All this time the good fellows in every Coast and Quarter of the Land, especi­ally within circuit of this City, mourned most solemnly in small Beere and were not able to climbe to the Olimpus of Old Sherry or Moderne Canary. The noble Souldiers cannot drink above a Pint a day out of their pay without prejudice to their hardly gotten Estate. The wittie Poets dare scarcely adventure into a Taverne to suck of their Hypocrene, or Aganippe. nor sit long to sing forth the praises of Helicon, for feare of being arraigned at the Barre for the odd two­pences arising upon each severall Pottle: and therfore in stead of Encomiums on the excellencie of virtuall Canary, they all write nipping Satyres against the base extortion of this ravenous Citie Member, who makes himselfe merry with other mens misery: And because those of his owne Function must not make him their president of growing great, Medium Wine must be forc'd upon them; He that opposeth must to'th' Fleet no redemption with out submission. Hee will not spare his brother Cain, tho he be certain he shall be jeerd in the Vampt Whore fort: he has showne himselfe so fierce in his Authority, that most men supposed he could not long subsist in this his wicked way, but at length bee brought to a strict Audit for all his Abuses.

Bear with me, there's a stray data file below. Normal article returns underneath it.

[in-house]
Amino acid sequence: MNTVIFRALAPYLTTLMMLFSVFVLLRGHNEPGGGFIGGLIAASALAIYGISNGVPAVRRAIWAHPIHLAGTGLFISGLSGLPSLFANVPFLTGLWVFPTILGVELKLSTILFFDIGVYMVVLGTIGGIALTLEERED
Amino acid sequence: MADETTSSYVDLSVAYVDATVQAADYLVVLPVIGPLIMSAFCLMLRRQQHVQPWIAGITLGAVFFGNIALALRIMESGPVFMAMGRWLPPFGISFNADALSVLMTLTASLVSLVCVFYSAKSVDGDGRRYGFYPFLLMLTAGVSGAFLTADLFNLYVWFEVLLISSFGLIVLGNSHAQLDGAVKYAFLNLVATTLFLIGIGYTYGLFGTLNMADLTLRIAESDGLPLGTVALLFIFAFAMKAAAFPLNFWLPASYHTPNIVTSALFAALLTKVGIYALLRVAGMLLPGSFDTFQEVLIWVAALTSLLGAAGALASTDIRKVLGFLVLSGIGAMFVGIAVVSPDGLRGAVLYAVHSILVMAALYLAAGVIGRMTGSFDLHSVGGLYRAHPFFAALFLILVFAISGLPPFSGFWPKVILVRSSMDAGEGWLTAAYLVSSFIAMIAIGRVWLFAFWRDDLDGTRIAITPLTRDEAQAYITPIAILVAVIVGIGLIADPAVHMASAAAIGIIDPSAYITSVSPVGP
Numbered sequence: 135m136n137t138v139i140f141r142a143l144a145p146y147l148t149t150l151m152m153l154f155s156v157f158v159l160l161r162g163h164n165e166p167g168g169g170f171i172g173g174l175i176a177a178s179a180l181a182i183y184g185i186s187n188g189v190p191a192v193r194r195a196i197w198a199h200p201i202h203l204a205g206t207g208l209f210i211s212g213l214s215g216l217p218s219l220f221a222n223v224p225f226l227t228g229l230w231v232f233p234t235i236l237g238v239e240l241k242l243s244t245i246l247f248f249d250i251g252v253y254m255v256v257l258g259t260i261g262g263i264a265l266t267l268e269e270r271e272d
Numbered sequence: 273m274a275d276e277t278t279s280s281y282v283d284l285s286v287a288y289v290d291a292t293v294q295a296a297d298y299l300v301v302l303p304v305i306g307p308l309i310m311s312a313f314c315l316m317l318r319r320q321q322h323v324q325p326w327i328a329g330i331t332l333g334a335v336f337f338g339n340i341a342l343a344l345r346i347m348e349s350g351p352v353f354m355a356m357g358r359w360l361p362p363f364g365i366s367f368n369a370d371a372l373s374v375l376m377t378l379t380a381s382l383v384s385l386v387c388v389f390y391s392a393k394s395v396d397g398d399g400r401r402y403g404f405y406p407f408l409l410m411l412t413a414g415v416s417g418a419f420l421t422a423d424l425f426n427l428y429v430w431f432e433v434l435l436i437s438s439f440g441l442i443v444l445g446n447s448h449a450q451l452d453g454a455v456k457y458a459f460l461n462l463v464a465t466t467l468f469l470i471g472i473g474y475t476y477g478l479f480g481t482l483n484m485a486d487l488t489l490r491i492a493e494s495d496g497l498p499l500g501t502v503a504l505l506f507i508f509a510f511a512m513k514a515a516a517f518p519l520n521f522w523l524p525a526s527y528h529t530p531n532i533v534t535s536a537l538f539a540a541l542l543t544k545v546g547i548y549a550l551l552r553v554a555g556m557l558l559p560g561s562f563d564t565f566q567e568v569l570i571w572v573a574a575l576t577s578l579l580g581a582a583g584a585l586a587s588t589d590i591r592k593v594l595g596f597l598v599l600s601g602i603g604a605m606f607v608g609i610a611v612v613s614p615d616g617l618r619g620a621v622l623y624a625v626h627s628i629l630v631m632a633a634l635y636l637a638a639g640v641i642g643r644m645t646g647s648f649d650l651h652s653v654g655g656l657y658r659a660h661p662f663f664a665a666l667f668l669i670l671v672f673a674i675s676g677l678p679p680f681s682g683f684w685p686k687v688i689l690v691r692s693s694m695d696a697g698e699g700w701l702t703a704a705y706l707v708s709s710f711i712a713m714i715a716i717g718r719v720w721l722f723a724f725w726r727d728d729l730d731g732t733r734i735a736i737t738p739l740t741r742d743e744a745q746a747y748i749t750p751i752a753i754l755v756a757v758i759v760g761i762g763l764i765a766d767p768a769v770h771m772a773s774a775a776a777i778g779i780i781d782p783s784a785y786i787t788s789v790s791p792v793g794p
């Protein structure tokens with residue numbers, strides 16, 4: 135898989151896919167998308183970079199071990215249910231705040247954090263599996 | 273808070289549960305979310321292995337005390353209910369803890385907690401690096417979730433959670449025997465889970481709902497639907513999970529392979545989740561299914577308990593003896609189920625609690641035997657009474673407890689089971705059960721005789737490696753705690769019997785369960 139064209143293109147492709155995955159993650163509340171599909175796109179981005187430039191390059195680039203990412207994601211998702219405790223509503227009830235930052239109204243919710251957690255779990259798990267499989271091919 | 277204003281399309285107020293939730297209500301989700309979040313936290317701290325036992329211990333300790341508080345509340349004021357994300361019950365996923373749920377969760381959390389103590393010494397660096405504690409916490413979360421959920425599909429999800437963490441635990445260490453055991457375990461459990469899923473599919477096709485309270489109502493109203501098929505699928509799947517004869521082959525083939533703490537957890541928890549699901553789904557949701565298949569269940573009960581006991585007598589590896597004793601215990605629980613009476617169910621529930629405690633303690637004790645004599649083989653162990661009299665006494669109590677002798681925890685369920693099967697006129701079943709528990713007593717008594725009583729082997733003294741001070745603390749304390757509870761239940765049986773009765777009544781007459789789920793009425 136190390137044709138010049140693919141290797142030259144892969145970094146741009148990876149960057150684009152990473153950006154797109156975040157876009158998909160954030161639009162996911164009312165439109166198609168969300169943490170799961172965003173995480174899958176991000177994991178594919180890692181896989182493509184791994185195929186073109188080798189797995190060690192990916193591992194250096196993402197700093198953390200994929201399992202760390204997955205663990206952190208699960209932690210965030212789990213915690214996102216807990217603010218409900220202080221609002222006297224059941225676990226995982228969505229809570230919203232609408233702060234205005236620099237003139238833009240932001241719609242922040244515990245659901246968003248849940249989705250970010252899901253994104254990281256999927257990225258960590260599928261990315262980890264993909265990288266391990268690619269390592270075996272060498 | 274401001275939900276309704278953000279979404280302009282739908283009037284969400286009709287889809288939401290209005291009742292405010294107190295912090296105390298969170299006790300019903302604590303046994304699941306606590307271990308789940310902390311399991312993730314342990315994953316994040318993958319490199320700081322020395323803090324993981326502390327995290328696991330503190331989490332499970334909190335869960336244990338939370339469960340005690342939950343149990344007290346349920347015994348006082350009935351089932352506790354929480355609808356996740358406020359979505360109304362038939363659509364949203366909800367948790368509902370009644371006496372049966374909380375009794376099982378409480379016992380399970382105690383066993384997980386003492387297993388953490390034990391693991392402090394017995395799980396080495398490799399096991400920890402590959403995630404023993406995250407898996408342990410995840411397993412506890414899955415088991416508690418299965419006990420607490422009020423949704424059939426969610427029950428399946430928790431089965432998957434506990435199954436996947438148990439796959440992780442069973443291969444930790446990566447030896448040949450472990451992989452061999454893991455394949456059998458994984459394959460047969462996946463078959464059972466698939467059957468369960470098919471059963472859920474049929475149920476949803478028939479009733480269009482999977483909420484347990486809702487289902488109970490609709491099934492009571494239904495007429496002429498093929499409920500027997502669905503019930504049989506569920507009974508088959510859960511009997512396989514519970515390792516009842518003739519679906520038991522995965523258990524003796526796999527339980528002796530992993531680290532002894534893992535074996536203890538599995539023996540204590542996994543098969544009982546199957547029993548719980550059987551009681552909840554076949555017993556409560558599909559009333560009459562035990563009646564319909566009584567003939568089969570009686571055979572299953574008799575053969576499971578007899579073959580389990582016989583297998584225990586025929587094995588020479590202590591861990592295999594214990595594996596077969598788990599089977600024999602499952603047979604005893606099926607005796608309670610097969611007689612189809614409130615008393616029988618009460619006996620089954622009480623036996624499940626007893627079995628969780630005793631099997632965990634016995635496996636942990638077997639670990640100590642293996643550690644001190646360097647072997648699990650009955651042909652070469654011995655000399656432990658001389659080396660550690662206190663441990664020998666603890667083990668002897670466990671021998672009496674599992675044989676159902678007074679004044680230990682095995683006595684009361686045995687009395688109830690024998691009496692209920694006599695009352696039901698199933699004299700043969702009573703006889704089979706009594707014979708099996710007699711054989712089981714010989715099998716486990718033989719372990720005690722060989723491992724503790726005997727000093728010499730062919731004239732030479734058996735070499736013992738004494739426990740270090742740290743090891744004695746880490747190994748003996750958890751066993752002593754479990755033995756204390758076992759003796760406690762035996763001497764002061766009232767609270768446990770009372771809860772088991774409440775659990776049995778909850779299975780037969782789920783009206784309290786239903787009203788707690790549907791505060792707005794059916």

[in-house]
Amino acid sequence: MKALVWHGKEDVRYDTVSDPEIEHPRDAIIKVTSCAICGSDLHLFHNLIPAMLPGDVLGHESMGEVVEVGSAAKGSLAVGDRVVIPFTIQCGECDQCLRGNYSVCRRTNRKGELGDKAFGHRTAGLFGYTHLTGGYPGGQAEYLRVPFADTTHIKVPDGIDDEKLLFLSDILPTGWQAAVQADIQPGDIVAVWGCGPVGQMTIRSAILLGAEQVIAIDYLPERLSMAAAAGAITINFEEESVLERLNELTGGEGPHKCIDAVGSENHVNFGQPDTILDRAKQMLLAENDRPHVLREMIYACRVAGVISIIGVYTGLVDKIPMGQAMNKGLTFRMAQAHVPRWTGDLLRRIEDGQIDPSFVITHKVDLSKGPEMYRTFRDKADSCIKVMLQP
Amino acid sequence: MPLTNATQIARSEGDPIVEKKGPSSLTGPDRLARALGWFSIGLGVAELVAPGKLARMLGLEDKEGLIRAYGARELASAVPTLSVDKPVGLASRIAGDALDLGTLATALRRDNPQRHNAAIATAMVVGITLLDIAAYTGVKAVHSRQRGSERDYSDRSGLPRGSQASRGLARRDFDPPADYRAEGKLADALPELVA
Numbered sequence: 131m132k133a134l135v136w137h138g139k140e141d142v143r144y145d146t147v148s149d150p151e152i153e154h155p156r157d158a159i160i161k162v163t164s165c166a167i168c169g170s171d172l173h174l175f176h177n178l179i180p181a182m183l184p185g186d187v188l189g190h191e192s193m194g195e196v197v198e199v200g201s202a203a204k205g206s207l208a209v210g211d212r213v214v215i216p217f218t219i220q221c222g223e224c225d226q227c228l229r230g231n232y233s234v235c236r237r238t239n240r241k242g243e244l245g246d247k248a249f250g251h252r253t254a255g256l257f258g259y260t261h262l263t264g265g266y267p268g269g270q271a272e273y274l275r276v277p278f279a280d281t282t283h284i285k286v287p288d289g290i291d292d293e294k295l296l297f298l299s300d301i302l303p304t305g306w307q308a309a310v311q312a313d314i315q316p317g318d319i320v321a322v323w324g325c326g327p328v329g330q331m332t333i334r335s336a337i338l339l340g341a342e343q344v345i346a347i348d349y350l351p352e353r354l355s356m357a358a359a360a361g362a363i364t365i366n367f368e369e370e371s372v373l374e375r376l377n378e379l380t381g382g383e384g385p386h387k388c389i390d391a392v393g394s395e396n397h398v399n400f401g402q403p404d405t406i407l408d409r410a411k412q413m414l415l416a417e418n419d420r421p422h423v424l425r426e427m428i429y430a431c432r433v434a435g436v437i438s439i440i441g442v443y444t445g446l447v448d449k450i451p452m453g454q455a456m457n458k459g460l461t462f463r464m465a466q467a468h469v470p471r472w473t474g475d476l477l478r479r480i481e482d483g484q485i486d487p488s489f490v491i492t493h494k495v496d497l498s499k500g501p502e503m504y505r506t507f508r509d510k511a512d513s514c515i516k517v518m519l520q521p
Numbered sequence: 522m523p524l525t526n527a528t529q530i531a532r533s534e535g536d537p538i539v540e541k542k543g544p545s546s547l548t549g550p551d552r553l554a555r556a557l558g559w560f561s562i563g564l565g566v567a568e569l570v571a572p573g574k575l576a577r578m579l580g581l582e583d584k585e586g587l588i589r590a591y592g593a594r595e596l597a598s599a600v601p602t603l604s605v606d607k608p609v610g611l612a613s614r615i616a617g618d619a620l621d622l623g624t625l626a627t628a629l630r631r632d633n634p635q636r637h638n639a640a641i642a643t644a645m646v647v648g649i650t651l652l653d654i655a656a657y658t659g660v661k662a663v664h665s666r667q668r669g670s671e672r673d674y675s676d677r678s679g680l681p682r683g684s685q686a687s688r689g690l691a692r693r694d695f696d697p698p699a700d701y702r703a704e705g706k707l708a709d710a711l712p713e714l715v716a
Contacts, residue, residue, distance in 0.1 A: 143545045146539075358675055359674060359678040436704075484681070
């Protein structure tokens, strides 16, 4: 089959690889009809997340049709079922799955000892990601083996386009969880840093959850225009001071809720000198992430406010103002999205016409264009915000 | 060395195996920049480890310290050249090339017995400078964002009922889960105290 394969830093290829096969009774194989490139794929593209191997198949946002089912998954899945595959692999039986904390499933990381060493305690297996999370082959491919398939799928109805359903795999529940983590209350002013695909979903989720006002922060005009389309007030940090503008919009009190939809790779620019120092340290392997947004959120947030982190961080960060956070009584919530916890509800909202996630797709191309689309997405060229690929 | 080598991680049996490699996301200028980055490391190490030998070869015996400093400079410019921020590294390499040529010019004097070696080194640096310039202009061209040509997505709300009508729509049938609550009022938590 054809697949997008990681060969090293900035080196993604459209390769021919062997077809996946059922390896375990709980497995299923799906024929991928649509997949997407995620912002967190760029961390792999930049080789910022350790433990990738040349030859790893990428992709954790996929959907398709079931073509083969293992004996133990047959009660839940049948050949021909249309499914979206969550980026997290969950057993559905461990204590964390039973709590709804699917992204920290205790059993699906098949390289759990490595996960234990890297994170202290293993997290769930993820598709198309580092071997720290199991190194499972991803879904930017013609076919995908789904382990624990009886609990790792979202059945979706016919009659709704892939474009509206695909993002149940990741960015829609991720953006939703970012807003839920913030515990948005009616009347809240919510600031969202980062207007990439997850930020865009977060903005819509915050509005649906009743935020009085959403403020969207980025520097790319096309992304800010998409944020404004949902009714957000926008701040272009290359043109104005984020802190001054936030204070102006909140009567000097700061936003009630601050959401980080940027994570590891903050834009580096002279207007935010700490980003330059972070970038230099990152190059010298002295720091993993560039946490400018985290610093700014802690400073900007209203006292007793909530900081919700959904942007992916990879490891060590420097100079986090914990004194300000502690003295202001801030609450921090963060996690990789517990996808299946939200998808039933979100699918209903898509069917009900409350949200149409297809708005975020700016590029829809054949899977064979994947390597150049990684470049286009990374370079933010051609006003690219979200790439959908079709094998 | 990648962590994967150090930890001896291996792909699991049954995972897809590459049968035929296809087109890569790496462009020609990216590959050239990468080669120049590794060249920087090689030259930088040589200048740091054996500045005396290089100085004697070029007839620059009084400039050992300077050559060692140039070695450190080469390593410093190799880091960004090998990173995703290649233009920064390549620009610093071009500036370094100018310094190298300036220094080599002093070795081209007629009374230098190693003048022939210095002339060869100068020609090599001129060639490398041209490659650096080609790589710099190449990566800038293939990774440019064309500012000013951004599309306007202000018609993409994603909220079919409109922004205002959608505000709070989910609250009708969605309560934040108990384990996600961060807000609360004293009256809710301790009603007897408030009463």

And so it appeared, Tempora mutantur, &c. The whole Body of Parliament distast his Projects, disallow his Exaction, and are determined to pull downe this Colossus of Covetousnesse, or at least levell him with his Brethren by the Plane and Paring knife of Iustice, though it indanger his Eares in the polli­sing. Howbeit they beare a reverent respect to this Author of Project; as may appeare by the close conveyance of him to a place where he may be found forth­comming: and lest the mad Bacchanalian Blades should wrong this good Able Alderman if they met him in the Streets; they have provided a stronger house for him than his Ticket-Office at Aldermaries. They'l there dyet, Physicke him, and preserve him secure from further danger, till he vomit up most of his Wine againe which may be partly a meanes likewise to purge his Conscience. His Physitians tell him (unlesse he wisely prevent it) he is like to be extreamly troubled with head ach; especially with a stopping in his throat. But he is wise, and both knowes his owne disease best himselfe, and the most probable Cure; which if it stop not his wesand, and hinder the naturall passage of his breath, he may haply recover, and be Abel to set up his Trade againe. Hee is (it seems) a man generally belov'd still: for every man lonnes his Picture, and scarce any Stationer in Towne, but has some Pamphlet, Sonnet or Ballet in his praise.

But I have held thée too tediously already in this fruitlesse Story; I therefore héere leave him in the soddes of his delinquencie, till he be purg'd and pass'd a­way (either on Hors-back aukward, or on foot forward) by a Parlamentary Penalty. In the meane time accept the good will of him that presents these lines in liew of his ingagement Hoping ere long to sée golden dayes revived; and to participate with thée in a Pint of Sack for Six-pence.

Thine obliged, in Service: A. H.

Imprinted in the Yeare. MDCXLI.